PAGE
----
Raced and gendered (and classed)

On the 27th, in Charles M. Blow’s op-ed column in the NYT, “At Sandra Bland’s Funeral, Celebration and Defiance”:

Bland didn’t demur and knuckle under. Some have criticized her for her stance during the traffic stop, suggesting that if she had behaved differently, with more respect for the officer, she might have avoided arrest.

Maybe. But, it must always be remembered that the parameters of “respectable behavior” are both raced and gendered. The needle moves to differing positions for different people. That is, I believe, one of the reasons that this minor traffic stop so quickly escalated.

How dare a woman not present as a damsel? How dare a black person not bow in obsequiousness?

I was of course familiar with gendered, but the parallel raced was new to me, though it seems to have considerable currency among politically aware social critics. And, yes, there’s also the parallel classed.

Only gendered is in NOAD2, and then in a fairly narrow sense:

adjective  of, specific to, or biased toward the male or female sex: gendered occupations.

More generally, something like: ‘structured according to gender/sex’. This wider sense made it into OED3 (Dec. 2005):

divided or differentiated according to gender (considered either culturally or biologically)

with the first cite

1945: Amer. Jrnl. Psychol. 58 331   Society is gendered far beyond the gendering of the individual man or woman.

OED3 doesn’t have raced in the appropriate sense, but it does have classed ‘arranged by class; organized into classes’, with a first cite in 1756, but used at first with respect to library catalogues. But eventually:

1966   J. Steinbeck Amer. & Americans 131   Because they usually emerged from the upper levels of a sharply classed society they disdained our clumsy attempts at equality and democracy.

1995   J. C. Callahan Reproduction, Ethics, & Law 8   According to the Marxist feminist, when the classed society is abandoned,..women will no longer be oppressed.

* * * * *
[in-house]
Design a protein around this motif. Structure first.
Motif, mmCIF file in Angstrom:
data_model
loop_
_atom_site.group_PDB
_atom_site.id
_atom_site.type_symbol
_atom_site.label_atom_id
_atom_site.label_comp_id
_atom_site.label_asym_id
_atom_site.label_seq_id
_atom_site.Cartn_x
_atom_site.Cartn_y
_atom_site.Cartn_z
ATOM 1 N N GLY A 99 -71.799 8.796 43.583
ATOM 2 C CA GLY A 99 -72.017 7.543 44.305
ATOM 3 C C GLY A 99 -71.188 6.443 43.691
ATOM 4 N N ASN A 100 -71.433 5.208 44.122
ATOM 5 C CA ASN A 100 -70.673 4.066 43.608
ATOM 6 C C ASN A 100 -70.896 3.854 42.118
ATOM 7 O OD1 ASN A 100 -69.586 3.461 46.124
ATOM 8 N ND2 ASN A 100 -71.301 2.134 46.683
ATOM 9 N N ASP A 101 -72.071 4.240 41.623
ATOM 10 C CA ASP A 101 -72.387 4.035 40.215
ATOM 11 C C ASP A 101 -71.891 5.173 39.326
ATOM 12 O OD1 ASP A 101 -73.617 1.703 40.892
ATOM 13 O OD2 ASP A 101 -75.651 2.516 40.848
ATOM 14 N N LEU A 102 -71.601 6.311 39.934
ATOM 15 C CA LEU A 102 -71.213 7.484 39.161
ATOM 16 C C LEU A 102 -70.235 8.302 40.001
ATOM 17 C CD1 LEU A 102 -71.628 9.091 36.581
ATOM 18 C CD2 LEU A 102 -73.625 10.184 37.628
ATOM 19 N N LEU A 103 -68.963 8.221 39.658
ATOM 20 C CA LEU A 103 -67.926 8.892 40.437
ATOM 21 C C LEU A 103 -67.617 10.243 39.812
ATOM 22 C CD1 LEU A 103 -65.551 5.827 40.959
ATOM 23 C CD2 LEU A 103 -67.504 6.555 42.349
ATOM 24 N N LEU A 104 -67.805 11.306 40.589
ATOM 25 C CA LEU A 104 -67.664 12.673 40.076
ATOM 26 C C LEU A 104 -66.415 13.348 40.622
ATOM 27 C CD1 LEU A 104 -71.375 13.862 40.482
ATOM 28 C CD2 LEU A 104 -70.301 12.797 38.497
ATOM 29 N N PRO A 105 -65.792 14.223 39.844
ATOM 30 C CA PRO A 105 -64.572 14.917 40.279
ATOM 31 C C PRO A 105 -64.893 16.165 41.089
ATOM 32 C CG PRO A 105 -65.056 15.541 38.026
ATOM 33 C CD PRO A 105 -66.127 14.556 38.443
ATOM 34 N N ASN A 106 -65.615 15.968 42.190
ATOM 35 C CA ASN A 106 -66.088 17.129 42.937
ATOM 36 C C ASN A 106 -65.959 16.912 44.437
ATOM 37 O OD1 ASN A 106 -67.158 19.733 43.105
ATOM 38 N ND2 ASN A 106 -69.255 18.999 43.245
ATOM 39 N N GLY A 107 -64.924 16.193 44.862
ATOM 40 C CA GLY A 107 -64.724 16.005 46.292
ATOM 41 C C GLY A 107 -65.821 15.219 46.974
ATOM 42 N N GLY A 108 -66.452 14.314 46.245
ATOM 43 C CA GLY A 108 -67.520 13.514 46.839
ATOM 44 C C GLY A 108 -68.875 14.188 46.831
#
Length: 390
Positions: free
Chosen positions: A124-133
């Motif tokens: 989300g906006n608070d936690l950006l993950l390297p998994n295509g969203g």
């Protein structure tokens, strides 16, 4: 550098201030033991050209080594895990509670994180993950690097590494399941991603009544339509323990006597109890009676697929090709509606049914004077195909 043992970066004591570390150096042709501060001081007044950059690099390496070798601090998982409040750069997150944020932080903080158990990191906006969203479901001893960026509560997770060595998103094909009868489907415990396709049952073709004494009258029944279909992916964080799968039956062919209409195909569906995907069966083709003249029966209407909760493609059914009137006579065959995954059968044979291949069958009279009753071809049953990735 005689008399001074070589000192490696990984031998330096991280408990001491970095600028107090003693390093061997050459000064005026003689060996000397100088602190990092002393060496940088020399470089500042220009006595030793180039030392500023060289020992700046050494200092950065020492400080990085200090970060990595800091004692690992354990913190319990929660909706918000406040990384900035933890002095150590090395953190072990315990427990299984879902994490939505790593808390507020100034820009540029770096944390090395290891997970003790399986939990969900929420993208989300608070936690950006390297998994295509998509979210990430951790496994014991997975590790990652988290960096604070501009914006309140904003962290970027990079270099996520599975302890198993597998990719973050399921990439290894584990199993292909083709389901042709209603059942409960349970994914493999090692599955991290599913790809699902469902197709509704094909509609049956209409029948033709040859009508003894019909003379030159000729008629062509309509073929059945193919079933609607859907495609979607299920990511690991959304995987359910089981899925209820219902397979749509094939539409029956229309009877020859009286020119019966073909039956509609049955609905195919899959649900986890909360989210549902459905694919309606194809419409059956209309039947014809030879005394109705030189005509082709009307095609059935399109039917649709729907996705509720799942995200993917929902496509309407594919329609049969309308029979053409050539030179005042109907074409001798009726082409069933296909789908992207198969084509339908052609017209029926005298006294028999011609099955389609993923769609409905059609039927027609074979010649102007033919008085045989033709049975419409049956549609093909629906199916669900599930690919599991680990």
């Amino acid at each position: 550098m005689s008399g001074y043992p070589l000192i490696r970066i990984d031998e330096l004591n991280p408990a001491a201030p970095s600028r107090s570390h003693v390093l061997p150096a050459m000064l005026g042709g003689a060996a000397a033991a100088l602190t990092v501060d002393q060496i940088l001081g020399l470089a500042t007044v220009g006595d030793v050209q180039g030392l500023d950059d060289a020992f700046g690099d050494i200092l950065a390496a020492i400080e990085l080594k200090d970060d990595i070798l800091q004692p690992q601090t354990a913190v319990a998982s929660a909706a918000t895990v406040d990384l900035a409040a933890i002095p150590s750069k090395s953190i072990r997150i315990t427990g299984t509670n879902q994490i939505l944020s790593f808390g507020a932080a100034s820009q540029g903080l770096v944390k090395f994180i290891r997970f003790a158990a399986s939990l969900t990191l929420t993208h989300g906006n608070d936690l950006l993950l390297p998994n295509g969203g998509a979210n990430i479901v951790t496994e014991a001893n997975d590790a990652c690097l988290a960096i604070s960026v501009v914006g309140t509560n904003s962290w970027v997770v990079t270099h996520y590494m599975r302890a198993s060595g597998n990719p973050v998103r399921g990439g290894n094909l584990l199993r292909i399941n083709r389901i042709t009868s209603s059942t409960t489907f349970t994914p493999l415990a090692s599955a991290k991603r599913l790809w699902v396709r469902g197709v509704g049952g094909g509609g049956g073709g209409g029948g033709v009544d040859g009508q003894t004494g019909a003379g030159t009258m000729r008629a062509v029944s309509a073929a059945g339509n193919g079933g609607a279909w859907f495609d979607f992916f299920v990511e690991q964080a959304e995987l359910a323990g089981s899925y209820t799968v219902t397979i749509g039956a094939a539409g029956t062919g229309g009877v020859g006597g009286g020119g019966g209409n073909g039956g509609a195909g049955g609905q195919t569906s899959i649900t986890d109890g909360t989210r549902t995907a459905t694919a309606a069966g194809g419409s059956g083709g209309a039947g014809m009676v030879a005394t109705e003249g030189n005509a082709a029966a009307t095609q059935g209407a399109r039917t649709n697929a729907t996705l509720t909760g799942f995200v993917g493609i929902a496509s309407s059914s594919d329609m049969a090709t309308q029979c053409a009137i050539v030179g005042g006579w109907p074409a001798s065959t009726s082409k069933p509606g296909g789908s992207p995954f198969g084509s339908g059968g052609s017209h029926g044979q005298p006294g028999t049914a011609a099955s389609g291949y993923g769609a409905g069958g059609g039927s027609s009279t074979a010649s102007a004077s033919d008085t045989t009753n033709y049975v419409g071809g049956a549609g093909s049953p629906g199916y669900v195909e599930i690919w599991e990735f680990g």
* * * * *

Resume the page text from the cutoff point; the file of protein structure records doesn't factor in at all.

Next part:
Back to Blow and his pairing of gendered and raced. Quite a few people have maintained thatrace is gendered and gender is raced. One quotation, from the blog of “the rogue feminist”:

Finally, including the experiences of women of color does not require the development of theoretical approaches that demonstrate how race is gendered and gender is raced beyond the scale of individual experiences.

(The argument is that it’s not enough to merely include the experiences of women of color alongside the experiences of white women.)

Finally, wrapping classed into the package — from a political blog by Nate Hawthorne on 11/30/06:

The history of class positions as hierarchical positions in the distribution of surplus labor is a raced and gendered history. (This can be reformulated two more ways – the history of race is gendered and classed, the history of gender is raced and classed.)

One Response to “Raced and gendered (and classed)”

  1. arnold zwicky Says:

    From Nancy Whittier on Facebook:

    Among sociologists, the more common term was “racialized” until quite recently. In a non-parallel, the term “transgendered” is now out of preferred usage in favor of “transgender.”!

Leave a Reply

%d bloggers like this: